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In any culture, I would assume that something is is either usually complimentary or it usually isn't. Based on those cultural norms, you shouldn't be afraid to assume something is complimentary if it usually is. On the other hand, if you live in a culture where it is completely arbitrary whether one restaurant offers something as complimentary and other one doesn't, so that it is never safe to assume (which would be a bit ridiculous, but hey, I don't want to judge anyone's culture), then there is almost certainly a culturally-acceptable way of asking whether the offered item is complimentary or not. If the custom in that culture is to say "will that be free?" then you shouldn't worry about seeming stingy, since it is the agreed-upon way of asking. If the custom is to say "how much will that be?" then that's the best way to go. Point being, anyone's first line of defense in such a situation is to rely on previous experience, rather than panic about coming across as stingy or greedy or inconsiderate. Rather than asking "how to ask without looking stingy", perhaps the question should be: "how do most people in xyz culture handle this situation?" Try to learn the customs, rather than imagining a perceived slight.

In any culture, I would assume that something is is either usually complimentary or it usually isn't. Based on those cultural norms, you shouldn't be afraid to assume something is complimentary if it usually is. On the other hand, if you live in a culture where it is completely arbitrary whether one restaurant offers something as complimentary and other one doesn't, so that it is never safe to assume (which would be a bit ridiculous, but hey, I don't want to judge anyone's culture), then there is almost certainly a culturally-acceptable way of asking whether the offered item is complimentary or not. If the custom in that culture is to say "will that be free?" then you shouldn't worry about seeming stingy, since it is the agreed-upon way of asking. If the custom is to say "how much will that be?" then that's the best way to go. Point being, anyone's first line of defense in such a situation is to rely on previous experience, rather than panic about coming across as stingy or greedy or inconsiderate. Rather than asking "how to ask without looking stingy", perhaps the question should be: "how do most people in xyz culture handle this situation?" Try to learn the customs, rather than imagining a perceived slight.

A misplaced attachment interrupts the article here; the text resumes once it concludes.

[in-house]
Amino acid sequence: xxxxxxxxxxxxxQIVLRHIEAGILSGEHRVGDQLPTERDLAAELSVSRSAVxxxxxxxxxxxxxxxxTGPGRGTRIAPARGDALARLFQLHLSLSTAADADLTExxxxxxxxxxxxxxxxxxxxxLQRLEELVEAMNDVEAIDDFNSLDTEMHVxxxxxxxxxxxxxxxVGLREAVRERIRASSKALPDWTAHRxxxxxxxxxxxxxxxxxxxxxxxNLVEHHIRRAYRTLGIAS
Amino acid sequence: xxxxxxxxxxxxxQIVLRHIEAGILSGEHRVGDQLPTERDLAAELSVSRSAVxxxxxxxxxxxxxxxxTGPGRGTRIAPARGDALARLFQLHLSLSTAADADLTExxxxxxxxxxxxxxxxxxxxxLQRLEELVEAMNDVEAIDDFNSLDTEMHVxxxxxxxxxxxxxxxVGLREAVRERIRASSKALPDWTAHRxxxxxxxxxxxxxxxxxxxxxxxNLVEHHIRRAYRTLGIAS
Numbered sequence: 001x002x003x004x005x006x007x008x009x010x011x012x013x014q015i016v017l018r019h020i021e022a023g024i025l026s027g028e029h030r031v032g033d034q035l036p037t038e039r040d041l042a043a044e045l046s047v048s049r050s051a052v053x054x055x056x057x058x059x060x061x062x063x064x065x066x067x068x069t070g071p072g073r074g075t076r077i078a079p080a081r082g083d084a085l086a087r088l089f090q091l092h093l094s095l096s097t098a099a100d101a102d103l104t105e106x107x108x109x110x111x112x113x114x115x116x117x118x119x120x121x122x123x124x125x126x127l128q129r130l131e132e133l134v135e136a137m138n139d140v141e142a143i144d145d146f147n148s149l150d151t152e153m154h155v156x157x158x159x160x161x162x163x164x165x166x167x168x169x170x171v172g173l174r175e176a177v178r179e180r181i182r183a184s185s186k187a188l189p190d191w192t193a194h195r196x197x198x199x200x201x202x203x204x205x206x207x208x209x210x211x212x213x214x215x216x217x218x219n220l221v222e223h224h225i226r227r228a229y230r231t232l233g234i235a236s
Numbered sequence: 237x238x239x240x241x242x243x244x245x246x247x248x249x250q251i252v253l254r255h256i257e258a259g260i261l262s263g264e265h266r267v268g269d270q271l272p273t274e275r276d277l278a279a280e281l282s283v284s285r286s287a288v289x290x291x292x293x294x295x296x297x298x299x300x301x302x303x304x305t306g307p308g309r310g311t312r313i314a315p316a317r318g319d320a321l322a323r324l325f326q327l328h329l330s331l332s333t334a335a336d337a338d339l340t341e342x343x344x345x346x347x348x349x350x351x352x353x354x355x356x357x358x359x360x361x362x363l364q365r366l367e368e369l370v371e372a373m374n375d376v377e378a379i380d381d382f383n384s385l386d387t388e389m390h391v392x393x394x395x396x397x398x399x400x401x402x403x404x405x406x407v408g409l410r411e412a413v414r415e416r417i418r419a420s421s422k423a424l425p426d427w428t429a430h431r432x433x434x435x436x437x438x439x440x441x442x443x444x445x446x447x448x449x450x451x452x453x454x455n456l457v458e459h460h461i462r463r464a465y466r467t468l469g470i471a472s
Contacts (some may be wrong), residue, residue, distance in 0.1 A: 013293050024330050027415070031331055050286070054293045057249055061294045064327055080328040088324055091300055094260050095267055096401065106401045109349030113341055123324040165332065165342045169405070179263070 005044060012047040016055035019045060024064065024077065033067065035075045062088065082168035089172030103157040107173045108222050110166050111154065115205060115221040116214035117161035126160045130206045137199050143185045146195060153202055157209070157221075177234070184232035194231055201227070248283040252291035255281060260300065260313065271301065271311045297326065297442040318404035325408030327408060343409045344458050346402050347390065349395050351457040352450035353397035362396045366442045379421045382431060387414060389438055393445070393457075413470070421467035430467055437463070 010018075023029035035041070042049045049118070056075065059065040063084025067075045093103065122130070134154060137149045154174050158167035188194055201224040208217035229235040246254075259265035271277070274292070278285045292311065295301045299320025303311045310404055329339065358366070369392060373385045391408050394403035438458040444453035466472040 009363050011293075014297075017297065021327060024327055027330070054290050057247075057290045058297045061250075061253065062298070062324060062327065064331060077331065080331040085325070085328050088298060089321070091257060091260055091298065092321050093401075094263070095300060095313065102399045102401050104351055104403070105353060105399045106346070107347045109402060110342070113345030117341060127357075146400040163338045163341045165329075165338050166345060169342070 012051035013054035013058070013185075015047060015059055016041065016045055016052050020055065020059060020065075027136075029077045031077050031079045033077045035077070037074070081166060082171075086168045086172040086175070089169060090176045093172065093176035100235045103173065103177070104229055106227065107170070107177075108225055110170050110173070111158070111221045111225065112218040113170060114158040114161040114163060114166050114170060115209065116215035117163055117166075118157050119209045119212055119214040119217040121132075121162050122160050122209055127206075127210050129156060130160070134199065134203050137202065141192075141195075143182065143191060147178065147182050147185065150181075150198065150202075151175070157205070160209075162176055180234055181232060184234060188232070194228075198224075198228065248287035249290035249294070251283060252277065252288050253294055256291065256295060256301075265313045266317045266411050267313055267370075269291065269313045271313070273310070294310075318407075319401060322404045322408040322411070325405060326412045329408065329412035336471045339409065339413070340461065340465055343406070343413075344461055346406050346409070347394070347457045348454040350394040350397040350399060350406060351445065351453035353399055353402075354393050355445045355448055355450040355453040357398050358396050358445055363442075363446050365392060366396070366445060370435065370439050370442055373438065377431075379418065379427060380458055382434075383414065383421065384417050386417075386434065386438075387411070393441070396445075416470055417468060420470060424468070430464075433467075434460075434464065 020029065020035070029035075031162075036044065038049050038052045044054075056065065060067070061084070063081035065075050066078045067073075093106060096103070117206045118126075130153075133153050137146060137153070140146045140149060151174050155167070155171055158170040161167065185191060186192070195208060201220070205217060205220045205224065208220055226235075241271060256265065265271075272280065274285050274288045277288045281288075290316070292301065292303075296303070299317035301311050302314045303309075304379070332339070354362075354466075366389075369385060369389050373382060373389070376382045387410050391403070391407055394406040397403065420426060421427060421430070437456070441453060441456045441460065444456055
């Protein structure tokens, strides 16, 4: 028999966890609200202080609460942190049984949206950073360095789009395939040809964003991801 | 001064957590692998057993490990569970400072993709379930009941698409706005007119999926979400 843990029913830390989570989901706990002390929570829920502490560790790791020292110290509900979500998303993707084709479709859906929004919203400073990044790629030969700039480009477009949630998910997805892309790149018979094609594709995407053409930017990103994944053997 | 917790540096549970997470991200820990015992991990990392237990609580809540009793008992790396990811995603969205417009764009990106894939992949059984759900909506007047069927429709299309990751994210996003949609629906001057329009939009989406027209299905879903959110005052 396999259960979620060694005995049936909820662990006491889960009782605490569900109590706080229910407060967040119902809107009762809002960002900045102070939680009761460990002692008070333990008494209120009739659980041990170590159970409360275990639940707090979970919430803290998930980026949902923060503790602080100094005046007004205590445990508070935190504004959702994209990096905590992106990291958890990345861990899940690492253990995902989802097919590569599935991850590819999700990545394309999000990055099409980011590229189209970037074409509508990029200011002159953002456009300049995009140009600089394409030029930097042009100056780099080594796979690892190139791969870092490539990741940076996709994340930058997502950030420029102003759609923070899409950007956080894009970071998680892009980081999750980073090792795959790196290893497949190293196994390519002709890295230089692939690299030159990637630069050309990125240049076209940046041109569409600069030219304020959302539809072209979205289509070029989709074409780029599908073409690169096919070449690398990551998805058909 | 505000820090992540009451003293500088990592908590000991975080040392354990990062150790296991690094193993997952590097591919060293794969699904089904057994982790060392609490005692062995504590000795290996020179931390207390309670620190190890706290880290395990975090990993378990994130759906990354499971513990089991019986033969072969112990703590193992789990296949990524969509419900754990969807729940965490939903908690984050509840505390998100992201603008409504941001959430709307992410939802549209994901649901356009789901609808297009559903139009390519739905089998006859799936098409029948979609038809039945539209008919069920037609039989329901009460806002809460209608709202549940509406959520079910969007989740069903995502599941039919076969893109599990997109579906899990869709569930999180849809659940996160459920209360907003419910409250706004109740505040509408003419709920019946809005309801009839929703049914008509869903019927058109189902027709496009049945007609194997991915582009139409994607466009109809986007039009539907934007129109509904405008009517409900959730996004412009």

In any culture, I would assume that something is either usually complimentary or it usually isn't. Based on those cultural norms, you shouldn't be afraid to assume something is complimentary if it usually is. On the other hand, if you live in a culture where it is completely arbitrary whether one restaurant offers something as complimentary and other one doesn't, so that it is never safe to assume (which would be a bit ridiculous, but hey, I don't want to judge anyone's culture), then there is almost certainly a culturally-acceptable way of asking whether the offered item is complimentary or not. If the custom in that culture is to say "will that be free?" then you shouldn't worry about seeming stingy, since it is the agreed-upon way of asking. If the custom is to say "how much will that be?" then that's the best way to go. Point being, anyone's first line of defense in such a situation is to rely on previous experience, rather than panic about coming across as stingy or greedy or inconsiderate. Rather than asking "how to ask without looking stingy", perhaps the question should be: "how do most people in xyz culture handle this situation?" Try to learn the customs, rather than imagining a perceived slight.

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It'sIn the US, it's generally safe to assume that water is free, and some item that is cuisine appropriate for the restaurant (chips at a Mexican restaurant, bread at an Italian restaurant, etc). So much so that they often don't ask. So some amount of experience can lead your understanding of whether an item is likely complimentary. If you're in a steakhouse and they ask if you'd like to start with some fried cheese sticks, and you've never had that offered to you at any other steakhouse, odds are good it isn't complimentary.